Kara Walker’s Fons Americanus

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Kara Elizabeth Walker (1969 – ) is an American contemporary artist. She is known as a painter, silhouettist, print-maker, installation artist, and film-maker. Last year (2019) she made the Fons Americanus a large scale public sculpture that tackles issues of race and colonialism head-on for the Tate’s Hyundai Commission.

“The Fons Americanus is an allegory of the Black Atlantic and really all global waters which disastrously connect Africa to America, Europe, and economic prosperity.”

— Kara Walker, in an interview with the Tate, 2019.

Exploring Fons Americanus by Kara Walker

Kara Walker, Tate Interview, 2019.

A monumental gift to Empire

Photograph of Kara Walker's 'Fons Americanus' at Tate Modern
Kara Walker, Fons Americanus, Tate Modern Hyundai Commission, 2019, Tate Modern, London, UK.

Fons Americanus plays with the idea of monuments, such as the Victoria Memorial outside Buckingham Palace. It brings direct attention to the history of violence against Black people of Africa that underpins the history of Empires.

Kara Walker, Fons Americanus
Kara Walker, Fons Americanus, detail, 2019, Tate Modern, London, UK. Source: Tate Modern, photos by Matt Greenwood.
Kara Walker, Fons Americanus, Detail
Kara Walker, Fons Americanus, detail, 2019, Tate Modern, London, UK. Source: Tate Modern, photos by Matt Greenwood.
Kara Walker, Fons Americanus, Conmmemorative Plaque
Kara Walker, Fons Americanus, Conmemorative Plaque, 2019, Tate Modern, London, UK. Source: Tate Modern, photos by Matt Greenwood.

The full title is on the wall of the Tate’s Turbine Hall. It is a text that encourages us to confront a history often misremembered in the UK. Here, Walker’s signature reads ‘Kara Walker, NTY’, or ‘Not Titled Yet’, in a play on British honors awards such as ‘OBE’ (Order of the British Empire).

Reconfiguring narratives and the figure of Venus

Walker uses the art historical figure Venus several times in the artwork. For example, a smaller sculpture, Shell Grotto, sits in front of the main fountain. A scalloped shell (cf. Botticelli’s The Birth of Venus) encases a drowning boy.

Shell Grotto references a colonial fortress on Bunce Island in Sierra Leone where men, women, and children were captured and sold into slavery.

Kara Walker, Fons Americanus
Kara Walker, Fons Americanus, detail, 2019, Tate Modern, London, UK. Source: Tate Modern, photos by Matt Greenwood.

The sculpture Fons Americanus confronts us with the historical violence against Black bodies and racism that continues today. It also challenges white supremacy in art history. Atop the fountain is a majestic black Venus taking center stage in the story that Walker is re-telling.

Thomas Stothard, The Voyage of the Sable Venus from Angola to the West Indies (1801) National Maritime Museum, Greenwich
Thomas Stothard, The Voyage of the Sable Venus from Angola to the West Indies, 1801, National Maritime Museum, Greenwich, UK.

This reacts to the image The Voyage of the Sable Venus from Angola to the West Indies by Thomas Stothard (1755-1834). In it, Stothard portrays Venus as an African woman as propaganda to promote the transatlantic slave trade.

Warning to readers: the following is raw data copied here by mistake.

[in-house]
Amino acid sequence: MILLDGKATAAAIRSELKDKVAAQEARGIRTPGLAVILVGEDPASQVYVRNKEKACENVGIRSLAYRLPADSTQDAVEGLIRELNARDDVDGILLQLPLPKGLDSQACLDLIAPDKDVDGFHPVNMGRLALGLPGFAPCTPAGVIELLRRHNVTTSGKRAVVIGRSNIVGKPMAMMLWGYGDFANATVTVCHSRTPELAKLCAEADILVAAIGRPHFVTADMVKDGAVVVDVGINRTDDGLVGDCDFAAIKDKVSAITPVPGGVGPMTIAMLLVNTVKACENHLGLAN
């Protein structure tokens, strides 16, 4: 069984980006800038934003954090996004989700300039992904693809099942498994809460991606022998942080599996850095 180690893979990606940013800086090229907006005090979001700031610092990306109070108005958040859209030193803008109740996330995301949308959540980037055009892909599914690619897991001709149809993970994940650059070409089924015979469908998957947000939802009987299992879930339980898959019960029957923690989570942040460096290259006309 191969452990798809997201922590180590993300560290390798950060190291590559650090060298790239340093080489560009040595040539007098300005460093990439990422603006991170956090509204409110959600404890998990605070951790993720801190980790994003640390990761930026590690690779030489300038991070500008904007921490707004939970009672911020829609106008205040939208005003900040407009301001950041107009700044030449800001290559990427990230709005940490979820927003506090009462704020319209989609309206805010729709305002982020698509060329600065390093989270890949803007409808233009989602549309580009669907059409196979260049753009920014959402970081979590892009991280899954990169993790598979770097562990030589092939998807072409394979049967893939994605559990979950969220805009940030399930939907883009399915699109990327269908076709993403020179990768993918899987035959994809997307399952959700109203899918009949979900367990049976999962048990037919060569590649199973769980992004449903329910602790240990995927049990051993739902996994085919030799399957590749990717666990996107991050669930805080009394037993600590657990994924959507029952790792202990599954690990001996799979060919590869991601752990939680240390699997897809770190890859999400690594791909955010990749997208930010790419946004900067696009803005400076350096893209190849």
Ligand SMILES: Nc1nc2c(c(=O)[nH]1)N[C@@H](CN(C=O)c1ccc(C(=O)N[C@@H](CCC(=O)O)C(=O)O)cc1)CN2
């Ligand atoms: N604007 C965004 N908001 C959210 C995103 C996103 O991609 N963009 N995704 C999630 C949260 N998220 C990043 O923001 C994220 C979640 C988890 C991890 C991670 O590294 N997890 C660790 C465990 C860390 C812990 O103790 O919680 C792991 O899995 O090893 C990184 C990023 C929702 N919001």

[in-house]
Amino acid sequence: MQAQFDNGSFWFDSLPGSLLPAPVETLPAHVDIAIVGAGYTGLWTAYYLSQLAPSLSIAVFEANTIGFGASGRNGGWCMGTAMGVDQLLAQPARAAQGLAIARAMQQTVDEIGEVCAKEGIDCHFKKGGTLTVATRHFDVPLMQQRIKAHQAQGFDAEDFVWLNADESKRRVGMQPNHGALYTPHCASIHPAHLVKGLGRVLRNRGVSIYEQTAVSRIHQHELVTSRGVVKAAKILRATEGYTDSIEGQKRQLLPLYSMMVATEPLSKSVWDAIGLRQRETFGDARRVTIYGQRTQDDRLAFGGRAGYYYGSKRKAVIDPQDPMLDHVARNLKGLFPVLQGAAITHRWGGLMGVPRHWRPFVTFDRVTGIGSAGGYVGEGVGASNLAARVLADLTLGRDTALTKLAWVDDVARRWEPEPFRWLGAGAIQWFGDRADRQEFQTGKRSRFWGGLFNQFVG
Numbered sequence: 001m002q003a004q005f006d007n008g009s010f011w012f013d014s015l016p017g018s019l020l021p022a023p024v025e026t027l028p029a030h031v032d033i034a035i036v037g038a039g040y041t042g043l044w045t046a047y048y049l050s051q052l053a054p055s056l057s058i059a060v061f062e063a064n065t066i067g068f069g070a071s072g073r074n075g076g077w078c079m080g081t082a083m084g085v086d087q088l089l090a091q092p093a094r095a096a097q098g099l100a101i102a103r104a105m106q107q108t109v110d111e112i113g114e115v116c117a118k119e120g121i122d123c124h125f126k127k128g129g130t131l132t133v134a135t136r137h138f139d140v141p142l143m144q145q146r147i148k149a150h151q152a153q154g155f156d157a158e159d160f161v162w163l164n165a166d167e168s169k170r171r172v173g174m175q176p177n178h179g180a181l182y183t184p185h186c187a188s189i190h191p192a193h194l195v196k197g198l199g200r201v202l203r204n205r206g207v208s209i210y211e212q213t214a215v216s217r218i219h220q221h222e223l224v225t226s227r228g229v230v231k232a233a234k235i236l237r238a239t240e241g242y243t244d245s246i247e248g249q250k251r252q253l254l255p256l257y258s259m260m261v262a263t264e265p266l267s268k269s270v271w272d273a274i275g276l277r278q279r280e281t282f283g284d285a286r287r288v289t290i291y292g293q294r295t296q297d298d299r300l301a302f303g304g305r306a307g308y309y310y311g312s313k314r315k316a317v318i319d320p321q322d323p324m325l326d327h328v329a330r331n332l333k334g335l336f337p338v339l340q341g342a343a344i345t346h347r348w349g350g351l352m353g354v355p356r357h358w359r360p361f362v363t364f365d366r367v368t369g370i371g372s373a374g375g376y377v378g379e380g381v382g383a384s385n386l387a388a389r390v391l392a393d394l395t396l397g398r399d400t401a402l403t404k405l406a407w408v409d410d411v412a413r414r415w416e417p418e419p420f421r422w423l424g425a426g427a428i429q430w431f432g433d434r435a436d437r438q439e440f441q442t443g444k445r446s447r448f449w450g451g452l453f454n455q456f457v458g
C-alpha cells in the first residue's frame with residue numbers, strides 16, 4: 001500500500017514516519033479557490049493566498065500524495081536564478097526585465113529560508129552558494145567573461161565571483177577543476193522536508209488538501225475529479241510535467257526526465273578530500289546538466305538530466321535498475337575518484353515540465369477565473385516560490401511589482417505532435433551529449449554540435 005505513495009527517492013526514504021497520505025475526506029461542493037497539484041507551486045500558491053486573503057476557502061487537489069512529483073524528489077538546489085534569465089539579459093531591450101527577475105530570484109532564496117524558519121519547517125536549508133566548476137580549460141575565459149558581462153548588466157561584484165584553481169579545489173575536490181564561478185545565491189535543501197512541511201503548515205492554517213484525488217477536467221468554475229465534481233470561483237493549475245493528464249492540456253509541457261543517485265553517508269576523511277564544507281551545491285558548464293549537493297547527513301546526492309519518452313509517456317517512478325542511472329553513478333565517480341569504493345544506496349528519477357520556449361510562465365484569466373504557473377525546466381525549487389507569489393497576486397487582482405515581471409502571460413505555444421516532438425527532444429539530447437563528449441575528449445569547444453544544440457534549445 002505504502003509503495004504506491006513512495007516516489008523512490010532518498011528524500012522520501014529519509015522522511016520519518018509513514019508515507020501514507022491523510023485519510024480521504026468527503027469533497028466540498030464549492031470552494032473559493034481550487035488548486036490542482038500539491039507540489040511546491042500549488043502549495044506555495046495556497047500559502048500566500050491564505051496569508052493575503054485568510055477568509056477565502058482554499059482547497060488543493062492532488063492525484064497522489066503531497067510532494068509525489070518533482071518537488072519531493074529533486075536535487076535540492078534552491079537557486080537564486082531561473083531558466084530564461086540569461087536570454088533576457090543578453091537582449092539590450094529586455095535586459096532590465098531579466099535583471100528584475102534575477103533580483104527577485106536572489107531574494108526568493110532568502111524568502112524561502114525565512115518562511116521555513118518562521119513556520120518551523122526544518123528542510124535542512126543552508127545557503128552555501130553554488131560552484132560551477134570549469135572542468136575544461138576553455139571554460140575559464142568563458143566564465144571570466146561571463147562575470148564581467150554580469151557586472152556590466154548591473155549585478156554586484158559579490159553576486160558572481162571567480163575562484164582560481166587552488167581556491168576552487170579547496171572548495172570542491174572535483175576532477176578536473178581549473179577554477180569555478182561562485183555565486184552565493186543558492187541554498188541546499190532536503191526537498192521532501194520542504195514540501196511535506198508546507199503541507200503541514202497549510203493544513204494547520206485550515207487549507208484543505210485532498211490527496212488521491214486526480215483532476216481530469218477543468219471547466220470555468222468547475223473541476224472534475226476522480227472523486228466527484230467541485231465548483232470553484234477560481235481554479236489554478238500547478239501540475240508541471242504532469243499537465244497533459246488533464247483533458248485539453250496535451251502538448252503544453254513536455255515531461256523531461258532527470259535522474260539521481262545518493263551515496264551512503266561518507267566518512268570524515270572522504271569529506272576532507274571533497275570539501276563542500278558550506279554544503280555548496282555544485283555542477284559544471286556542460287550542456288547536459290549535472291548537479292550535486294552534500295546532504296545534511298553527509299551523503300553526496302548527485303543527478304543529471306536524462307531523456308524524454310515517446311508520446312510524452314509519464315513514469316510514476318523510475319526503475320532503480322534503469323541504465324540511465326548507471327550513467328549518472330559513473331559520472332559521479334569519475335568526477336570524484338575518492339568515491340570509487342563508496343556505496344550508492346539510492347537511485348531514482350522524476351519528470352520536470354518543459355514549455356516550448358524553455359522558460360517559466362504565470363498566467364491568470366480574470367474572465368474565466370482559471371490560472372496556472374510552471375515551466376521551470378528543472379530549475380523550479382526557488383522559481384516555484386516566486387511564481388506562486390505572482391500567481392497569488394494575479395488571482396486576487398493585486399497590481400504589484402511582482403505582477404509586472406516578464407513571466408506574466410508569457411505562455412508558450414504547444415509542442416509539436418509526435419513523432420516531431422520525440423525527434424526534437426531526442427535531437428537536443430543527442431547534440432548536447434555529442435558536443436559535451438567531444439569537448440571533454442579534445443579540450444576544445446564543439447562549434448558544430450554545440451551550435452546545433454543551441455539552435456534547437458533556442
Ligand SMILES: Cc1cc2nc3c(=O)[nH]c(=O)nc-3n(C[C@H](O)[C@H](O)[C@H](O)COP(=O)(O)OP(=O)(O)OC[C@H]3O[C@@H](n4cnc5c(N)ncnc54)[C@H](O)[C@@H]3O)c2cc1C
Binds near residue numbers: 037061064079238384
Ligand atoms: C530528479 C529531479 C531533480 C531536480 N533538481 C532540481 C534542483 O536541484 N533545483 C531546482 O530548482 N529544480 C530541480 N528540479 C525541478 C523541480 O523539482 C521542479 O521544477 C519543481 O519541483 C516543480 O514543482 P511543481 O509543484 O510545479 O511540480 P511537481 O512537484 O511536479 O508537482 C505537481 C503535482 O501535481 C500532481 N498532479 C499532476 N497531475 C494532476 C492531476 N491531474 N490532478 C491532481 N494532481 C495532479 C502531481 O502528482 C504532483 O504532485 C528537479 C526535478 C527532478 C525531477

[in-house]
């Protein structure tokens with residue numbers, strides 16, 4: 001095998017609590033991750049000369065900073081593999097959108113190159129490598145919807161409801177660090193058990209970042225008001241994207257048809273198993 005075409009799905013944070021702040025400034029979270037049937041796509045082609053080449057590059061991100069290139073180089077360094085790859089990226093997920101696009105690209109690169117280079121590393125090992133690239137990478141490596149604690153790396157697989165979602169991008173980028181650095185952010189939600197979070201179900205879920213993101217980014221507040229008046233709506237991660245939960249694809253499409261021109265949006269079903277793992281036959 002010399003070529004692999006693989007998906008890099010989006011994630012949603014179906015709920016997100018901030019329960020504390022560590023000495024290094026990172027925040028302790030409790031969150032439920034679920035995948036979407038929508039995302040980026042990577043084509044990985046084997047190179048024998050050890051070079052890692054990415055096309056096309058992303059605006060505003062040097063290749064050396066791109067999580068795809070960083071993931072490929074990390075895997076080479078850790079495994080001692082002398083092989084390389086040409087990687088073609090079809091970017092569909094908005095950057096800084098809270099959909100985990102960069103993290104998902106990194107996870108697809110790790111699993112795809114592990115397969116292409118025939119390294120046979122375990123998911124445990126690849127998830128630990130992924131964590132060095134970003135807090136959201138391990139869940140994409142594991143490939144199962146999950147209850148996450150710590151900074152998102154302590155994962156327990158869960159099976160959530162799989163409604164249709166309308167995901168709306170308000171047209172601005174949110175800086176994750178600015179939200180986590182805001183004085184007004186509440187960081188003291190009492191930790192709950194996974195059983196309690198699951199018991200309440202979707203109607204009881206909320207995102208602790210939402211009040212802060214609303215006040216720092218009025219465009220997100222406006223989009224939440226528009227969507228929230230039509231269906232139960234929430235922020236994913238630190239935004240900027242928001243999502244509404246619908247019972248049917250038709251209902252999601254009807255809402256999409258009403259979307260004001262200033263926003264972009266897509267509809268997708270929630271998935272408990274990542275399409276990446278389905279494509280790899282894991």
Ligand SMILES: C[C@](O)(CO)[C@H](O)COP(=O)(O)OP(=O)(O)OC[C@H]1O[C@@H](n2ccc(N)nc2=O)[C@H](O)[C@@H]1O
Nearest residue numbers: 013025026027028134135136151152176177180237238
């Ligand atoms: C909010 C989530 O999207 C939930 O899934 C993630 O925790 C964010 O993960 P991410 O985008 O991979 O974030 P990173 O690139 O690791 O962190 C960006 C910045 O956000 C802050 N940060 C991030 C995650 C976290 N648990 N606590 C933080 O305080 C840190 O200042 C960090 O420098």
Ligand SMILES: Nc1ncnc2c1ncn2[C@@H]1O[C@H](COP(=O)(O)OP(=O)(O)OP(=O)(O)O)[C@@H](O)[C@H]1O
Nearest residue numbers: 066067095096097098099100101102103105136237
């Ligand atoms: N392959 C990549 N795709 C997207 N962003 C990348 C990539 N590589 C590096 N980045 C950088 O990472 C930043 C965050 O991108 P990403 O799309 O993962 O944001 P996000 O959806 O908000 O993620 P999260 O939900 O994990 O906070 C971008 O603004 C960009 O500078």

‘The amniotic fluid at the beginning of this journey is now transformed into mother’s milk and lifeblood. Mother, whet nurse, whore, saint, Host, lover—she is the daughter of waters.’

— Kara Walker, in an interview with the Tate, 2019.

Walker’s figures of ‘The Black Atlantic’ – an Art Term

The fountain of Fons Americanus presents an allegory or extended metaphor of the Black Atlantic. This is an art term that describes the fusion of black cultures with other cultures from around the Atlantic. It is a term coined by Paul Gilroy in 1993 that argues that the culture around the Atlantic is deeply shaped by the slave trade. ‘The Black Atlantic’ can describe other contemporary artists like Chris OfiliEllen Gallagher, and Glenn Ligon who explore blackness through a wide range of sources.

Kara Walker, Fons Americanus, detail
Kara Walker, Fons Americanus, detail, 2019, Tate Modern, London, UK. Source: Tate Modern, photos by Matt Greenwood.

Walker’s figures all symbolize different ideas around the transatlantic slave trade and violence. They also reference an array of art-historical, literary, and cultural material.

Water and Sharks – references to art history

“I looked at a grand panorama of a whaling voyage and considered the Black Atlantic as its been represented in art by Turner, Homer, Copley and sailors themselves…my fountain yokes together racist representation and violent expression of power.”

— Kara Walker, in an interview with the Tate, 2019.
Kara Walker, Fons Americanus
Kara Walker, Fons Americanus, detail, 2019, Tate Modern, London, UK. Source: Tate Modern, photos by Matt Greenwood.
Winslow Homer - The Gulf Stream -
Winslow Homer, The Gulf Stream, 1899, Metropolitan Museum of Art, New York, USA.
John Singleton Copley, Watson and the Shark
John Singleton Copley, Watson and the Shark, 1778, National Gallery of Art, USA
Joseph Mallord William Turner Slave Ship at Boston Museum
Joseph Mallord William Turner, Slave Ship, 1840, Museum of Fine Arts, Boston, USA.

Images in this article are all from this ‘Look Closer’ article by the Tate (accessed 06/04/2020).


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Kara Walker’s Fons Americanus was first posted on June 19, 2020 at 5:00 am.
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